In his book Partitioning for Peace, Ivan Eland argues that division offers the best chance for peace in Iraq. He outlines lessons that can be learned from historical examples of partition.
However, he makes little of precisely how oil revenue is to be shared amongst the different peoples. Rather than divide the land and the oil by proxy, it would be much better to centrally process the oil and divide the revenue.
If the land is divided, there may be uncertainty surrounding the profitability of oil reserves. For example, the Sunni portion of Iraq may end up having more oil than currently confirmed. Or certain reserves may prove costlier and less profitable to exploit than expected.
Rather than allow the possible volatility of oil revenue between region create tensions in the future, centrally dividing the revenue of the oil creates certainty. If agreement can be reached on the issue of land and oil by proxy, it should actually prove simpler to divide just the revenue.
But the major practical benefit comes from ethnic tension. As it currently stands, Iraq suffers from a lack of checks and balances on political power. If oil revenue is divided by a federal government composed of Sunnis, Shi’ites and Kurds, they will maintain a check on each other.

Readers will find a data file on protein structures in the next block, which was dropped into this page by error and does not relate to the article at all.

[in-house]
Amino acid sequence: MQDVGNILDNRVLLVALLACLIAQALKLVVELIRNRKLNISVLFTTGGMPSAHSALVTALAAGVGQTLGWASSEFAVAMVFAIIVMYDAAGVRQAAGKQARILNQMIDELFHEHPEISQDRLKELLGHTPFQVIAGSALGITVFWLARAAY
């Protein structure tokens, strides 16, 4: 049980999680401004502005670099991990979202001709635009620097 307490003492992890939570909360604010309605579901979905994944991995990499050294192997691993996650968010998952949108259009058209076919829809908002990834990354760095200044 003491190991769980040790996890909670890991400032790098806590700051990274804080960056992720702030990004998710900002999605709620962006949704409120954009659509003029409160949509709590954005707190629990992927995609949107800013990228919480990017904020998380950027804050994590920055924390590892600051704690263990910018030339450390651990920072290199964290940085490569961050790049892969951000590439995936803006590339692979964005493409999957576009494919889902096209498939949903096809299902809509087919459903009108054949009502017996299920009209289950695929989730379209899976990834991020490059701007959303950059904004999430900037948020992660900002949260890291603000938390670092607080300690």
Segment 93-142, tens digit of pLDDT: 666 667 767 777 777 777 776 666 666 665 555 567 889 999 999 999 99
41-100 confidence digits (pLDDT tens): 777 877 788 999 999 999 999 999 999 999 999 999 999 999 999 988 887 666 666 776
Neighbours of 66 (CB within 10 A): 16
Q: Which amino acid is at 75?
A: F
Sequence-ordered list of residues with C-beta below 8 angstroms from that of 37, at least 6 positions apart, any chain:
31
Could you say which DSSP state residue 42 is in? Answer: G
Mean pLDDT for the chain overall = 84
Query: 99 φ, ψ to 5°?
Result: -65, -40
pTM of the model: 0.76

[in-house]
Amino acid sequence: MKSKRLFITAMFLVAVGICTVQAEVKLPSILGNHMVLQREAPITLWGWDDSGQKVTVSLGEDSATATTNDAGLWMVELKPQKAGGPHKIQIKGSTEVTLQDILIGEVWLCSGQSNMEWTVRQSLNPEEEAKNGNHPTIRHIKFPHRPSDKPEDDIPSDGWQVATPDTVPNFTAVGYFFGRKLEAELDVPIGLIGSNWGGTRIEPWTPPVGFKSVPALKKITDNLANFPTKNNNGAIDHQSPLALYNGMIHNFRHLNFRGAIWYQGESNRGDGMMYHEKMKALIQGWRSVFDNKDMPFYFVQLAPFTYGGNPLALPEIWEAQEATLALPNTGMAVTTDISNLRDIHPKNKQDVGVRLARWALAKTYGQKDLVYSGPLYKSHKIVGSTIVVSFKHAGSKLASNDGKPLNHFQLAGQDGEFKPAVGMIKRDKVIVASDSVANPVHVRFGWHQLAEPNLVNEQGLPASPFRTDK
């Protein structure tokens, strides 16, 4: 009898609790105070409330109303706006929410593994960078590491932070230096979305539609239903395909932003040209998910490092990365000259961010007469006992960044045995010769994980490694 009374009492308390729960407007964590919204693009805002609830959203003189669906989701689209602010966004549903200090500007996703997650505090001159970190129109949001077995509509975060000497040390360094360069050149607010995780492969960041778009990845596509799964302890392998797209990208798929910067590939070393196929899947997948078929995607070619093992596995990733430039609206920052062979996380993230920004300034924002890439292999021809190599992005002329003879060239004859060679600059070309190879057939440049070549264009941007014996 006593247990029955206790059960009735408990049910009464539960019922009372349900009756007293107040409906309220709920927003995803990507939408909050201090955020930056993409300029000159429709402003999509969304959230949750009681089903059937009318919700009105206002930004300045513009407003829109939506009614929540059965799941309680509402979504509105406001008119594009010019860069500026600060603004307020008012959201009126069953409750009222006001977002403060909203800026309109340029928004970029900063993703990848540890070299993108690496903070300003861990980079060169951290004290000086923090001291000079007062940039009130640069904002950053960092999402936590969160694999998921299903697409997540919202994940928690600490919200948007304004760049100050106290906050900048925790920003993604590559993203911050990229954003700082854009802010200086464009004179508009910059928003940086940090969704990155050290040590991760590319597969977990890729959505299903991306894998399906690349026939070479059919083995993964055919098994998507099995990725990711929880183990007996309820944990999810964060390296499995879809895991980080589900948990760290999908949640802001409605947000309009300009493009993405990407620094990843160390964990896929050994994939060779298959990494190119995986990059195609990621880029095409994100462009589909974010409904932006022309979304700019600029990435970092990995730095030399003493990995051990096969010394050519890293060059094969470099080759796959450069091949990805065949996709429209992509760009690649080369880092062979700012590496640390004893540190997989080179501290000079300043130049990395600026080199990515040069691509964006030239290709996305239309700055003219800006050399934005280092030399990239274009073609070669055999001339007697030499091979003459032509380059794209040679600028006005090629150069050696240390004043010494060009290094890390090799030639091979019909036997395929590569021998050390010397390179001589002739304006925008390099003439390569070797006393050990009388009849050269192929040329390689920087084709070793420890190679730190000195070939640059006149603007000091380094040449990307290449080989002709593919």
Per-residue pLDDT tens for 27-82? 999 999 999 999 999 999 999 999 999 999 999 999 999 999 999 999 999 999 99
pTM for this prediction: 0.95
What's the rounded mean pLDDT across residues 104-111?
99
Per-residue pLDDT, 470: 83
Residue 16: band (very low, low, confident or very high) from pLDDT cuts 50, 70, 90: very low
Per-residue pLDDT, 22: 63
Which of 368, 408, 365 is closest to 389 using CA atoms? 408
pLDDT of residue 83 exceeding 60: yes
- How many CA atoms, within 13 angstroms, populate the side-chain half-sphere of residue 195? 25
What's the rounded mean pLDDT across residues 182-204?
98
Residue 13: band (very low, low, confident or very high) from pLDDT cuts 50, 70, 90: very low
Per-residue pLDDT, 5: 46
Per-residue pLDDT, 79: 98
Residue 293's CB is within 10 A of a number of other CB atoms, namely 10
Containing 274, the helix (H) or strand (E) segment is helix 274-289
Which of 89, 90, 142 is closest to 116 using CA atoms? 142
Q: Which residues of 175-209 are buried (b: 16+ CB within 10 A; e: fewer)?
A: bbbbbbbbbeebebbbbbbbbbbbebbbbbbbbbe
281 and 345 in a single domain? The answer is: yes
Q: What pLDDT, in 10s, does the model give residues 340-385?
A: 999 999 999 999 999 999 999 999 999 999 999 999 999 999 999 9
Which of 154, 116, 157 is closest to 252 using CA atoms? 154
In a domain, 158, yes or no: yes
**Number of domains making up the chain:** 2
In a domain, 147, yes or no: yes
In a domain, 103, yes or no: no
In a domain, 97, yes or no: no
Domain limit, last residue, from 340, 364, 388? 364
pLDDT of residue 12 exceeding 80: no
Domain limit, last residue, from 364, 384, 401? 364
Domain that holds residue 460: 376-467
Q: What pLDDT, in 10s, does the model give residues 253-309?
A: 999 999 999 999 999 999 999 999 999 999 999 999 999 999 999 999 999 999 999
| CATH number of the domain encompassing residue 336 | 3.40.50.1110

In resource-rich developing countries such as Iraq, corruption can often break the political process. Politicians who use their power to benefit cronies are often more likely to get elected than honest candidates. The major opportunity to do this comes from embezzling money spent on public works.
Under the plan suggested here, politicians will have a major incentive to reach an agreement over contracts to exploit the oil, while mutual distrust will ensure that no corruption takes place. These politicians are unlikely to co-operate, even if that means they won’t be able to embezzle money themselves.
So money is no longer lost due to a lack of competitive bidding processes for public funds, ensuring that the Iraqi people get as much revenue as possible.
Once revenue is received into the regional governments, it’s at least slightly more difficult for politicians to steal it, given that they will then have a major incentive to spend the money in their own region responsibly. The only people to receive the benefits then are voters on whom they are reliant for support.
Democracy in Iraq is broken, and will continue to be as long as ethnicity dominates politics and certain regions are not adequately represented. Partition may well provide the solution to these problems, but only if agreement can be reached over oil resources – and the best route is through the division of revenue collected by a federal government.
© The Free Marketeer 2009